Pathology - Research Publications
Now showing items 1-12 of 394
Reelin Haploinsufficiency and Late-Adolescent Corticosterone Treatment Induce Long-Lasting and Female-Specific Molecular Changes in the Dorsal Hippocampus
Reelin depletion and stress seem to affect similar pathways including GABAergic and glutamatergic signaling and both are implicated in psychiatric disorders in late adolescence/early adulthood. The interaction between reelin depletion and stress, however, remains unclear. To investigate this, male and female heterozygous reelin mice (HRM) and wildtype (WT) controls were treated with the stress hormone, corticosterone (CORT), during late adolescence to simulate chronic stress. Glucocorticoid receptors (GR), N-methyl-d-aspartate receptor (NMDAr) subunits, glutamic acid decarboxylase (GAD67) and parvalbumin (PV) were measured in the hippocampus and the prefrontal cortex (PFC) in adulthood. While no changes were seen in male mice, female HRM showed a significant reduction in GR expression in the dorsal hippocampus. In addition, CORT reduced GR levels as well as GluN2B and GluN2C subunits of NMDAr in the dorsal hippocampus in female mice only. CORT furthermore reduced GluN1 levels in the PFC of female mice. The combined effect of HRM and CORT treatment appeared to be additive in terms of GR expression in the dorsal hippocampus. Female-specific CORT-induced changes were associated with overall higher circulating CORT levels in female compared to male mice. This study shows differential effects of reelin depletion and CORT treatment on GR and NMDAr protein expression in male and female mice, suggesting that females are more susceptible to reelin haploinsufficiency as well as late-adolescent stress. These findings shed more light on female-specific vulnerability to stress and have implications for stress-associated mental illnesses with a female bias including anxiety and major depression.
A role for CCL2 in both tumor progression and immunosurveillance
(TAYLOR & FRANCIS INC, 2013-07-01)
The chemokine CCL2, which is best known for its chemotactic functions, is expressed not only by immune cells, but also by several types of malignant and stromal cells. CCL2 has been shown to exert both pro- and anti-tumor effects. However, recent results demonstrate a main role for CCL2 in tumor progression and metastasis, suggesting that this chemokine may constitute a therapeutic target for anticancer drugs. Mammary carcinoma models, including models of implantable, transgenic, and chemically-induced tumors, were employed in the setting of Ccl2 or Ccr2 knockout mice or CCL2 neutralization with a monoclonal antibody to further investigate the role of the CCL2/CCR2 signaling axis in tumor progression and metastatic spread. In our implantable tumor models, an anti-CCL2 monoclonal antibody inhibited the growth of primary malignant lesions in a biphasic manner and reduced the number of metastases. However, in Ccl2-/- or Ccr2-/- mice developing implanted or transgenic tumors, the number of pulmonary metastases was increased despite a reduction in the growth rate of primary neoplasms. Transgenic Mtag.Ccl2-/- or Mtag.Ccr2-/- mice also exhibited a significantly earlier of disease onset. In a chemical carcinogenesis model, anti-CCL2 monoclonal antibody inhibited the growth of established lesions but was ineffective in the tumor induction phase. In contrast to previous studies indicating a role for CCL2 in the establishment of metastases, we have demonstrated that the absence of CCL2/CCR2-signaling results in increased metastatic disease. Thus, the CCL2/CCR2 signaling axis appears to play a dual role in mediating early tumor immunosurveillance and sustaining the growth and progression of established neoplasms. Our findings support the use of anti-CCL2 therapies for the treatment of established breast carcinoma, although the complete abrogation of the CCL2 signaling cascade may also limit immunosurveillance and support metastatic spread.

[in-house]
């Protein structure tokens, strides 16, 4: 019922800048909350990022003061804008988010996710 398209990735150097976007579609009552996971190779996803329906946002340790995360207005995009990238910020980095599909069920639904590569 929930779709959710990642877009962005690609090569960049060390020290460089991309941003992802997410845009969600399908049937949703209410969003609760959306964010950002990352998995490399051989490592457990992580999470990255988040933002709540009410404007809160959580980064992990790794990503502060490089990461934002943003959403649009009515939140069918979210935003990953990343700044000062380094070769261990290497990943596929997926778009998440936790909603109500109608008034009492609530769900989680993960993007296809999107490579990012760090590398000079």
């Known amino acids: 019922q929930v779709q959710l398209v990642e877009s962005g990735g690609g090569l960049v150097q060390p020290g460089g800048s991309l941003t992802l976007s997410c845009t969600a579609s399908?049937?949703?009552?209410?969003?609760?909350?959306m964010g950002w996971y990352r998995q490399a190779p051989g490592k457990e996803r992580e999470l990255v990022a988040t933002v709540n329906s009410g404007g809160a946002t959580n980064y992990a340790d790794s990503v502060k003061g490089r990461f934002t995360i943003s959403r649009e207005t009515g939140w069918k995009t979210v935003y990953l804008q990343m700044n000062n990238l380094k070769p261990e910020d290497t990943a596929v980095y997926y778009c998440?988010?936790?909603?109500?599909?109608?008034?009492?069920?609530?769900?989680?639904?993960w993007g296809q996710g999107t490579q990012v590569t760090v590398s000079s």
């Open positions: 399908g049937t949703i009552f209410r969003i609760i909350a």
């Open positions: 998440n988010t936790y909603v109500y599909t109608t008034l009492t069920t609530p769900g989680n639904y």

Tumor necrosis factor is dispensable for the success of immunogenic anticancer chemotherapy
(TAYLOR & FRANCIS INC, 2013-06-01)
The antineoplastic effects of anthracyclines have been shown to rely, at least in part, on a local immune response that involves dendritic cells (DCs) and several distinct subsets of T lymphocytes. Here, we show that the administration of anthracyclines to mice bearing established neoplasms stimulates the intratumoral secretion of tumor necrosis factor α (TNFα). However, blocking the TNFα/TNF receptor (TNFR) system by three different strategies-namely, (1) neutralizing antibodies, (2) etanercept, a recombinant protein in which TNFR is fused to the constant domain of an IgG1 molecule, and (3) gene knockout-failed to negatively affect the therapeutic efficacy of anthracyclines in three distinct tumor models. In particular, TNFα-blocking strategies did not influence the antineoplastic effects of doxorubicin (a prototypic anthracycline) against MCA205 fibrosarcomas growing in C57BL/6 mice, F244 sarcomas developing in 129/Sv hosts and H2N100 mammary carcinomas arising in BALB/c mice. These findings imply that, in contrast to other cytokines (such as interleukin-1β, interleukin-17 and interferon γ), TNFα is not required for anthracyclines to elicit therapeutic anticancer immune responses.
Cytotoxic T lymphocyte-induced killing in the absence of granzymes A and B is unique and distinct from both apoptosis and perforin-dependent lysis
(ROCKEFELLER UNIV PRESS, 2006-04-10)